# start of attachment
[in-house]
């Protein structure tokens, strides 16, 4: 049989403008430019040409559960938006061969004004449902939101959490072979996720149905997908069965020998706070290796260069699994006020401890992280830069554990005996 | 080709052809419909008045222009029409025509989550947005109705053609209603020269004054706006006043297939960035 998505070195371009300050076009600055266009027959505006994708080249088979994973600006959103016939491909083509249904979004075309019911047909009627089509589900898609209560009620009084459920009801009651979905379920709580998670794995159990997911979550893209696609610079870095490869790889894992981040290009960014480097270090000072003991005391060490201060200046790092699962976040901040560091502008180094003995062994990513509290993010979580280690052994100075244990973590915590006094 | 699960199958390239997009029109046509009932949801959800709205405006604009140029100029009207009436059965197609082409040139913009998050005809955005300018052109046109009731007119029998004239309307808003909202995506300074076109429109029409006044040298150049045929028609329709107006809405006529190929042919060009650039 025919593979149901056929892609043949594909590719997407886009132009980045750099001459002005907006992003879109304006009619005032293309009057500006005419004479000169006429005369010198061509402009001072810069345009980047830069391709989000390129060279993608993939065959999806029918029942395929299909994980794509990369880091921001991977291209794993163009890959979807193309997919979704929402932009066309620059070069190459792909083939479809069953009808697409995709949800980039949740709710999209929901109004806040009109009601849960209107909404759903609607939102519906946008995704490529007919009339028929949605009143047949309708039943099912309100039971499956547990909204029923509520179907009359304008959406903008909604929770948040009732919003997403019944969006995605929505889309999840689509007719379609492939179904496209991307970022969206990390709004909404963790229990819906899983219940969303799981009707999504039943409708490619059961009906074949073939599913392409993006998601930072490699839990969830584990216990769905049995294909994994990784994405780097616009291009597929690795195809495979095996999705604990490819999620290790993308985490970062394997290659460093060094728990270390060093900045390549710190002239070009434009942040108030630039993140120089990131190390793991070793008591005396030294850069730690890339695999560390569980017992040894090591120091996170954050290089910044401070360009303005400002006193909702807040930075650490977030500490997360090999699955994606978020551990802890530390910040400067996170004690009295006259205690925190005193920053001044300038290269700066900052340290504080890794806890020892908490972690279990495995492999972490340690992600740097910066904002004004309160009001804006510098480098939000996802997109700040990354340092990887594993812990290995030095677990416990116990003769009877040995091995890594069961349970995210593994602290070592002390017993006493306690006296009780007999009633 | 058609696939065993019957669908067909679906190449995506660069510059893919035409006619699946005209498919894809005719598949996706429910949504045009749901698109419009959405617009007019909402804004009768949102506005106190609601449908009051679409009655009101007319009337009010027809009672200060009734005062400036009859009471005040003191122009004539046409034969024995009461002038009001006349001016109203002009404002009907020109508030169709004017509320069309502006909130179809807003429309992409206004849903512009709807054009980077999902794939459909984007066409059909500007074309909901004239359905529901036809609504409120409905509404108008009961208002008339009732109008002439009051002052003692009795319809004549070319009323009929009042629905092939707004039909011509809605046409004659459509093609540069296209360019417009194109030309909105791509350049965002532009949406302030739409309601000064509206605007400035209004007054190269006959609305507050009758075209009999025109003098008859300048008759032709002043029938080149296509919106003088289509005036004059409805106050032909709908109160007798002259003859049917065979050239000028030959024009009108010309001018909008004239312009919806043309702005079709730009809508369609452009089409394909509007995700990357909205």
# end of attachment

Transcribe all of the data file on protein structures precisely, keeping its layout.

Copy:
[in-house]
């Protein structure tokens, strides 16, 4: 049989403008430019040409559960938006061969004004449902939101959490072979996720149905997908069965020998706070290796260069699994006020401890992280830069554990005996 | 080709052809419909008045222009029409025509989550947005109705053609209603020269004054706006006043297939960035 998505070195371009300050076009600055266009027959505006994708080249088979994973600006959103016939491909083509249904979004075309019911047909009627089509589900898609209560009620009084459920009801009651979905379920709580998670794995159990997911979550893209696609610079870095490869790889894992981040290009960014480097270090000072003991005391060490201060200046790092699962976040901040560091502008180094003995062994990513509290993010979580280690052994100075244990973590915590006094 | 699960199958390239997009029109046509009932949801959800709205405006604009140029100029009207009436059965197609082409040139913009998050005809955005300018052109046109009731007119029998004239309307808003909202995506300074076109429109029409006044040298150049045929028609329709107006809405006529190929042919060009650039 025919593979149901056929892609043949594909590719997407886009132009980045750099001459002005907006992003879109304006009619005032293309009057500006005419004479000169006429005369010198061509402009001072810069345009980047830069391709989000390129060279993608993939065959999806029918029942395929299909994980794509990369880091921001991977291209794993163009890959979807193309997919979704929402932009066309620059070069190459792909083939479809069953009808697409995709949800980039949740709710999209929901109004806040009109009601849960209107909404759903609607939102519906946008995704490529007919009339028929949605009143047949309708039943099912309100039971499956547990909204029923509520179907009359304008959406903008909604929770948040009732919003997403019944969006995605929505889309999840689509007719379609492939179904496209991307970022969206990390709004909404963790229990819906899983219940969303799981009707999504039943409708490619059961009906074949073939599913392409993006998601930072490699839990969830584990216990769905049995294909994994990784994405780097616009291009597929690795195809495979095996999705604990490819999620290790993308985490970062394997290659460093060094728990270390060093900045390549710190002239070009434009942040108030630039993140120089990131190390793991070793008591005396030294850069730690890339695999560390569980017992040894090591120091996170954050290089910044401070360009303005400002006193909702807040930075650490977030500490997360090999699955994606978020551990802890530390910040400067996170004690009295006259205690925190005193920053001044300038290269700066900052340290504080890794806890020892908490972690279990495995492999972490340690992600740097910066904002004004309160009001804006510098480098939000996802997109700040990354340092990887594993812990290995030095677990416990116990003769009877040995091995890594069961349970995210593994602290070592002390017993006493306690006296009780007999009633 | 058609696939065993019957669908067909679906190449995506660069510059893919035409006619699946005209498919894809005719598949996706429910949504045009749901698109419009959405617009007019909402804004009768949102506005106190609601449908009051679409009655009101007319009337009010027809009672200060009734005062400036009859009471005040003191122009004539046409034969024995009461002038009001006349001016109203002009404002009907020109508030169709004017509320069309502006909130179809807003429309992409206004849903512009709807054009980077999902794939459909984007066409059909500007074309909901004239359905529901036809609504409120409905509404108008009961208002008339009732109008002439009051002052003692009795319809004549070319009323009929009042629905092939707004039909011509809605046409004659459509093609540069296209360019417009194109030309909105791509350049965002532009949406302030739409309601000064509206605007400035209004007054190269006959609305507050009758075209009999025109003098008859300048008759032709002043029938080149296509919106003088289509005036004059409805106050032909709908109160007798002259003859049917065979050239000028030959024009009108010309001018909008004239312009919806043309702005079709730009809508369609452009089409394909509007995700990357909205």